The US Democratic Party has recently filed a lawsuit against the Russian government, Donald Trump's presidential campaign and WikiLeaks, charging that they carried out a wide-ranging conspiracy to influence the 2016 US presidential election.

Suing WikiLeaks - a news organisation - for publishing leaked material, when it is hardly the only news outlet to do so, could set a troubling precedent for press freedom.

The US media have remained strangely silent on the implications. Busily obsessing over Russian meddling in the election, the FBI's Robert Mueller investigation and Trump's rhetorical war with the media, reporters are taking a pass on the DNC lawsuit story and the legal assault on the fourth estate coming from the other side of the aisle.

"The DNC's suing WikiLeaks because they're the central player," says Eric Boehlert, a senior writer for
Shareblue Media. "If it weren't for WikiLeaks essentially conspiring with Russian operatives, this wouldn't have been a story ... they marketed these emails. They were reaching out to the reporters."

The core issue in this story is not what was in those hacked emails - the DNC's sabotaging of Bernie Sanders' campaign, its unseemly, cap-in-hand approach to financial donors - but rather how those emails found their way into the media food chain in the first place.

A broad interpretation of the first amendment would cover WikiLeaks ... If this is a successful campaign against WikiLeaks, it would have ramifications for other news organisations.

Jane Kirtley, professor of media ethics & law, University of Minnesota

Cybersecurity specialists say the hackers who infiltrated the DNC's servers were Russian. Julian Assange and WikiLeaks have stuck to their policy of neither confirming nor denying who their sources are, saying only that the "source is not the Russian government and it is not a state party".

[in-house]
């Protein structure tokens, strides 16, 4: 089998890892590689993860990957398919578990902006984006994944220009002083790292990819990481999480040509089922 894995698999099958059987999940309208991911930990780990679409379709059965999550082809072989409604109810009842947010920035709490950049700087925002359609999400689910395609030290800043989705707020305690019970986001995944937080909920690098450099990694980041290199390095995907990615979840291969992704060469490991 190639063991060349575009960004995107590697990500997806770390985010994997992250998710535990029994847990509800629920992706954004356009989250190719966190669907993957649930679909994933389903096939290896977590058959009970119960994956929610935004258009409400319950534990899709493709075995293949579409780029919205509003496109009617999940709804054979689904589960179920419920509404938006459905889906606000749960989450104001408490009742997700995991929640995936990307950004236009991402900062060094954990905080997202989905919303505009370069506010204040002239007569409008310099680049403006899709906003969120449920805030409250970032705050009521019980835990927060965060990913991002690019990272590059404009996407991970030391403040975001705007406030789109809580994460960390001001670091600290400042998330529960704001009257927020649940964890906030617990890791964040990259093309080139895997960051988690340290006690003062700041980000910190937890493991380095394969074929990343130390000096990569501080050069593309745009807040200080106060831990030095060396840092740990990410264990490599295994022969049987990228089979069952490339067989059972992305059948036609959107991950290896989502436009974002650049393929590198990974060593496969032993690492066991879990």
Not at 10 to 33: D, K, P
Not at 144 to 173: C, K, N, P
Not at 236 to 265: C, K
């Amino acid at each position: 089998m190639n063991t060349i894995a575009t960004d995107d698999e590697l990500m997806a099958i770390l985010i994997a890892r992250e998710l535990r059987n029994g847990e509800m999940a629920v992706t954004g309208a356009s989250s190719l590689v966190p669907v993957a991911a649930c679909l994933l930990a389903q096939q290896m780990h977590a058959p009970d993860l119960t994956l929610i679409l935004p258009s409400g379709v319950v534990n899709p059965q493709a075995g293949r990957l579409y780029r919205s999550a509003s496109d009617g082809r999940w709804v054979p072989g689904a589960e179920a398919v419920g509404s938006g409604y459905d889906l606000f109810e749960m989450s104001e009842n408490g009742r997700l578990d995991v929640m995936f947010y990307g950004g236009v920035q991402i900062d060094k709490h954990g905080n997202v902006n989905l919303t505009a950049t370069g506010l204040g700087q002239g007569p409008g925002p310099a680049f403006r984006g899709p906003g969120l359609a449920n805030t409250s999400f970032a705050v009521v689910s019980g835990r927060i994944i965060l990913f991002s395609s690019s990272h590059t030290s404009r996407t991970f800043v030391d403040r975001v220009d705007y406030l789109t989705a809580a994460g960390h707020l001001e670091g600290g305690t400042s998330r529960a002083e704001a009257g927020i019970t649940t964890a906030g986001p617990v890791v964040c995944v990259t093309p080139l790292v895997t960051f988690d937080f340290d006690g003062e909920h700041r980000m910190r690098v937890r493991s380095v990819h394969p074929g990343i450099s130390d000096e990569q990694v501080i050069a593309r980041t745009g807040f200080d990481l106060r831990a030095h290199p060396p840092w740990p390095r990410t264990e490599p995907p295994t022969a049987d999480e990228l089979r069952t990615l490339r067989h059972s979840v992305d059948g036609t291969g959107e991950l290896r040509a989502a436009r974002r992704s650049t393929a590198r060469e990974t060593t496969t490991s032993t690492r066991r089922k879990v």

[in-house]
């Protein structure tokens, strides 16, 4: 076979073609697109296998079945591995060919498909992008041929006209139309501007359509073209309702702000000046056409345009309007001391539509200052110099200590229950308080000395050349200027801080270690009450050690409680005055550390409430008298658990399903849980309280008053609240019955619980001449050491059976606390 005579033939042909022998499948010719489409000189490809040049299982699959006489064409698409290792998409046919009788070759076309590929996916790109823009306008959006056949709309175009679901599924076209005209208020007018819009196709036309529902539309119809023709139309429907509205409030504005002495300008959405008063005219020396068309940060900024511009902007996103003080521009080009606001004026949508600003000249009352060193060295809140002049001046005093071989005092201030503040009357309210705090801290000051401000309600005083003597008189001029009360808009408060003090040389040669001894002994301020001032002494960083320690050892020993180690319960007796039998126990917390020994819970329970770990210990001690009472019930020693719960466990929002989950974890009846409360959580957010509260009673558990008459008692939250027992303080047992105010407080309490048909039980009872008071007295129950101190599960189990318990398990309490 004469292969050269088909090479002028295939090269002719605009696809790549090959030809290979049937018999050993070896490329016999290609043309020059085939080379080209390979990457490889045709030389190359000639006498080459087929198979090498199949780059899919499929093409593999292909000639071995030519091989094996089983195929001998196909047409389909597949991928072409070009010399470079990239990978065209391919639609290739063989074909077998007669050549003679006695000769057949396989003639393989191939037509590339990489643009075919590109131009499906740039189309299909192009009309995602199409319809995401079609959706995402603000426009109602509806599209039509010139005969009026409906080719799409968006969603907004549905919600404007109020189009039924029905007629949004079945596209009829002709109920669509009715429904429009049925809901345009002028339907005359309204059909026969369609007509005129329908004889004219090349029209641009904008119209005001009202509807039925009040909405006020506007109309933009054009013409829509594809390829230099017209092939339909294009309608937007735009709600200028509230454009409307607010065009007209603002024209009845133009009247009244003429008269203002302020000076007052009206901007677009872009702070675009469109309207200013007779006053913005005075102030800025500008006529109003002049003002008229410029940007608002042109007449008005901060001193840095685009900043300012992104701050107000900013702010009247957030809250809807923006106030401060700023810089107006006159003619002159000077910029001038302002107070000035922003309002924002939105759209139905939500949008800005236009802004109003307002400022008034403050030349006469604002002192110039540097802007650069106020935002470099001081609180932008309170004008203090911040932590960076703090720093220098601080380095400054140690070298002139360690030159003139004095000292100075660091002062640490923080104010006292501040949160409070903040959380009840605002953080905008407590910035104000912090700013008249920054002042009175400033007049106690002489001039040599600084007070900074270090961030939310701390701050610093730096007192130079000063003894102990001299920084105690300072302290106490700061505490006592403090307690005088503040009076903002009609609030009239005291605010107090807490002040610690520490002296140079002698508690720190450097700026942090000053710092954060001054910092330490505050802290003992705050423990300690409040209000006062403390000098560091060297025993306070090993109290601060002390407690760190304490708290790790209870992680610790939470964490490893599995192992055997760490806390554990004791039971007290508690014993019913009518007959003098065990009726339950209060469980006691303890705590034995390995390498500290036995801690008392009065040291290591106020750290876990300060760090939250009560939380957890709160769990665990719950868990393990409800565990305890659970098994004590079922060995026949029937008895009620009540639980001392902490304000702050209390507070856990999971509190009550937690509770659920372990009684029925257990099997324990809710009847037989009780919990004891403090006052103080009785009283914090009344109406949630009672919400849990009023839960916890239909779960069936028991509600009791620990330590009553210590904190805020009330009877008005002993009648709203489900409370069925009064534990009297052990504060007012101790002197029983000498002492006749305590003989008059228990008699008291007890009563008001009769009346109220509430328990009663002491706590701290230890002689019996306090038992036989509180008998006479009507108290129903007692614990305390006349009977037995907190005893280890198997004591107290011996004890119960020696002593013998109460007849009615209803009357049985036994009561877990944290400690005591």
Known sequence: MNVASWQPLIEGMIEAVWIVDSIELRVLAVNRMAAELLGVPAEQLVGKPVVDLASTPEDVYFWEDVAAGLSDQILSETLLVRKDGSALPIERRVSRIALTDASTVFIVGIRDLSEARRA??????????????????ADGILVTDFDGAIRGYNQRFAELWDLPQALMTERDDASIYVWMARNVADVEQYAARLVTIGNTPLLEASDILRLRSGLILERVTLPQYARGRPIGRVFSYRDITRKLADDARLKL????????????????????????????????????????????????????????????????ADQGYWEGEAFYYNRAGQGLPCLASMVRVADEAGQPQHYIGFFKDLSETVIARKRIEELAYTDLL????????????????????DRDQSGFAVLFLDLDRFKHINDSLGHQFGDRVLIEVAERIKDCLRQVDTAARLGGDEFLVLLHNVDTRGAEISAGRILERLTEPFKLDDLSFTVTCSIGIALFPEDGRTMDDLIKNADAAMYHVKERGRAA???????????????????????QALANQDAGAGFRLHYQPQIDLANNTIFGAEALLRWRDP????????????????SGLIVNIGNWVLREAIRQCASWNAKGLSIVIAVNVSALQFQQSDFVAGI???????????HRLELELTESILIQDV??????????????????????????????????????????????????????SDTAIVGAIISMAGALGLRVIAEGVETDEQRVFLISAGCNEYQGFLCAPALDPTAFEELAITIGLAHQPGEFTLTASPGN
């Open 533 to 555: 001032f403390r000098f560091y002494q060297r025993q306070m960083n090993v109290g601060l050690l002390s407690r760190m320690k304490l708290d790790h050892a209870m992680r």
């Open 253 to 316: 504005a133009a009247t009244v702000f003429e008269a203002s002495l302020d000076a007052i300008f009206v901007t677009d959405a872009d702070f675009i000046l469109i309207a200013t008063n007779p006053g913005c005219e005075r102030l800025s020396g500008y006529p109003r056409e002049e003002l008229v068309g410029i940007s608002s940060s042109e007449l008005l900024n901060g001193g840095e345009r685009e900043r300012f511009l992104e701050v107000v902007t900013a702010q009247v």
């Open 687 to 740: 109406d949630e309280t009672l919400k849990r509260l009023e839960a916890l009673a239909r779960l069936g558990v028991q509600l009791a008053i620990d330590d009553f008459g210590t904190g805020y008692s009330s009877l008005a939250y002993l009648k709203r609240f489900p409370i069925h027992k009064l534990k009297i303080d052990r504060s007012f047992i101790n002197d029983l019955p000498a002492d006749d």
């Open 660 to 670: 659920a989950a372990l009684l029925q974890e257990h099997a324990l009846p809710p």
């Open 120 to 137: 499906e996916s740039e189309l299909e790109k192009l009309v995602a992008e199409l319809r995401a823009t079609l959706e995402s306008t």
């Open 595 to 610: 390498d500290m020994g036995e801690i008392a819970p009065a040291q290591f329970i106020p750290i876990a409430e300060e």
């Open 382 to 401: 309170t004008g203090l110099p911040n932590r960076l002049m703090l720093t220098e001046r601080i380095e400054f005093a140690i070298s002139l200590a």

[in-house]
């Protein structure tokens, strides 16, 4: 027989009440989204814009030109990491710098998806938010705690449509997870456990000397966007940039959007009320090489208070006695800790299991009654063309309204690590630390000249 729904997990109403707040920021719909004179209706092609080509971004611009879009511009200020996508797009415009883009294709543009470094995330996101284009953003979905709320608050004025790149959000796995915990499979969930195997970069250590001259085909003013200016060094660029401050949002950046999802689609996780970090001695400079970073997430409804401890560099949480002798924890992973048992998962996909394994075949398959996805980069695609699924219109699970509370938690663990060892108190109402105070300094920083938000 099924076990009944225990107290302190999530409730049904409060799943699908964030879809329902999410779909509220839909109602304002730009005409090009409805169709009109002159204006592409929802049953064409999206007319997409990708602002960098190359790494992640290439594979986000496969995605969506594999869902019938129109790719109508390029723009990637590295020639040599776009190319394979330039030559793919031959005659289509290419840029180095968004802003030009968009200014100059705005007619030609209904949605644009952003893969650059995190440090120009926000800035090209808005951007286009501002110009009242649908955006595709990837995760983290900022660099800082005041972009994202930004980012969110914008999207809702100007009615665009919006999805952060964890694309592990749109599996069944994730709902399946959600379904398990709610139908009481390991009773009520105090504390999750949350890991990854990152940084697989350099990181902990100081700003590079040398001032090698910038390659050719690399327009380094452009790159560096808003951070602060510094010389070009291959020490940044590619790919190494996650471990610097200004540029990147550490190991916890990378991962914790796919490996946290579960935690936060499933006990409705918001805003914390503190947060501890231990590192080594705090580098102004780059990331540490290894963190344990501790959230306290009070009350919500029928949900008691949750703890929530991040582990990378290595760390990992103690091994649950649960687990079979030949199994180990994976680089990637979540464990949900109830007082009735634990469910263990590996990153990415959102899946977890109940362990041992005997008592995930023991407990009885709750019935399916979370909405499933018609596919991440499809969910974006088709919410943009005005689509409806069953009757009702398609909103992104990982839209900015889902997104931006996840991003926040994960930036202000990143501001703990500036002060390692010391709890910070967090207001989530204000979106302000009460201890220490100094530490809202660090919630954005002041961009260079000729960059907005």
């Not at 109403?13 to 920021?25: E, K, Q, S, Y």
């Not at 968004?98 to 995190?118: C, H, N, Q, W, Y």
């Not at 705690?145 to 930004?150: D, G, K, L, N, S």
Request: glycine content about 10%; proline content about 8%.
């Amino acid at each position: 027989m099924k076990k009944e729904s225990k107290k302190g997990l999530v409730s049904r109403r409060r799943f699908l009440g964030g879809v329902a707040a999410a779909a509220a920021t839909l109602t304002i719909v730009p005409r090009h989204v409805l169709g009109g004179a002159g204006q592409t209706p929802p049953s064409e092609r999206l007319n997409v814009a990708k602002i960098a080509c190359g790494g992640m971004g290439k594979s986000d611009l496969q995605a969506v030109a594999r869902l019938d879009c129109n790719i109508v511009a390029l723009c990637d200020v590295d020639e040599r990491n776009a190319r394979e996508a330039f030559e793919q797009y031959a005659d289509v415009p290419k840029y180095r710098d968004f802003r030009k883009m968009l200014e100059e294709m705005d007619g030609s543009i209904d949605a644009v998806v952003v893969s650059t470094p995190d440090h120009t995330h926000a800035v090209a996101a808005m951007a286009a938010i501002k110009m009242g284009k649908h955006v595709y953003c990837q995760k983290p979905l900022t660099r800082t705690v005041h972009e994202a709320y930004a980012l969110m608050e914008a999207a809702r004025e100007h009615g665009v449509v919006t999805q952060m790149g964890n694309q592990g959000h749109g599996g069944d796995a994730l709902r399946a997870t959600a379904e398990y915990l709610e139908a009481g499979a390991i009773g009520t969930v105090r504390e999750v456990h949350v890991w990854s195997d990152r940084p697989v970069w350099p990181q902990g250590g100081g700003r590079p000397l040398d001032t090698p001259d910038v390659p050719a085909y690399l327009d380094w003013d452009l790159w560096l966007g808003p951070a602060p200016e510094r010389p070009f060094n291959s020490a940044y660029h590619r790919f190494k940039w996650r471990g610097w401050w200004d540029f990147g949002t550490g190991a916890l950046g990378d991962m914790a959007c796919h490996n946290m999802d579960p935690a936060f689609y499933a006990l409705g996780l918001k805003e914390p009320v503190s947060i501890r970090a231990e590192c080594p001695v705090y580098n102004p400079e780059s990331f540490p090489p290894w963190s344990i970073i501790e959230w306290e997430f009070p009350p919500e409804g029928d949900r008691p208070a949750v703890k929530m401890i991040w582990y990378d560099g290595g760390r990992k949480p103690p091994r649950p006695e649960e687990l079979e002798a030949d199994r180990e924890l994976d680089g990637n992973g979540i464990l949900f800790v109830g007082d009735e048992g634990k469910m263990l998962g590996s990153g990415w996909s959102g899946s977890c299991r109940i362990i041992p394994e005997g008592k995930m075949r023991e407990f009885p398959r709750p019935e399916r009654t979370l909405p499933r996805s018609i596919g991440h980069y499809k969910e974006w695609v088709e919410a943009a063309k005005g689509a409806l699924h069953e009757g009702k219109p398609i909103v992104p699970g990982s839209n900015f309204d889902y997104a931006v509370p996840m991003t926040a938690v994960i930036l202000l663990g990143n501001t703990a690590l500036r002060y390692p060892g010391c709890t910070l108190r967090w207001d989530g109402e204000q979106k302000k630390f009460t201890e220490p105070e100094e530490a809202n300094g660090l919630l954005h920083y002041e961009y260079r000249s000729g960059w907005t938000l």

WikiLeaks acquired the files and started publishing the emails four months before the 2016 election. No major US media outlet ignored the story. It was, for better or worse, considered newsworthy.

"These were stolen conversations, and I don't think that journalists took proper care to vet them," says Eric Alterman, a media columnist for The Nation and professor of journalism at City University of New York. "It's not that they weren't true, but the motive in releasing them in order to demonise the Democrats when there was no such comparable effort on the part of Republicans - that was not handled well."

"Journalists just rushed into print without considering the source, without considering what was behind them, without explaining it to their readers. And this had the effect of perverting the political discourse," Alterman says.

The DNC, which has an ongoing relationship with news networks and papers like the New York Times, has not taken legal issue with any of those organisations over their coverage of the story.

The lawsuit targets the alleged source of the emails, the Russian government, and the middleman WikiLeaks, but spares the news outlets that took what WikiLeaks provided and fed it to American voters.

According to Jane Kirtley, a professor of media ethics and law at the University of Minnesota, "a broad interpretation of the first amendment would cover WikiLeaks". She disagrees with those who "would say that this kind of lawsuit against them is perfectly acceptable and has no first amendment ramifications ... I would hope that news organisations would focus not on WikiLeaks, but rather on the principles that are at stake."

"If this is a successful campaign against WikiLeaks it would have ramifications for other news organisations. News organisations should be concerned about that aspect of the case," says Kirtley.

Contributors:

Ben Norton, reporter, The Real News & Fair Media Watch

Eric Boehlert, senior writer, Shareblue Media

Jane Kirtley, professor of media ethics & law, University of Minnesota

Eric Alterman, media columnist, The Nation & professor of journalism, City University of New York

Source: Al Jazeera News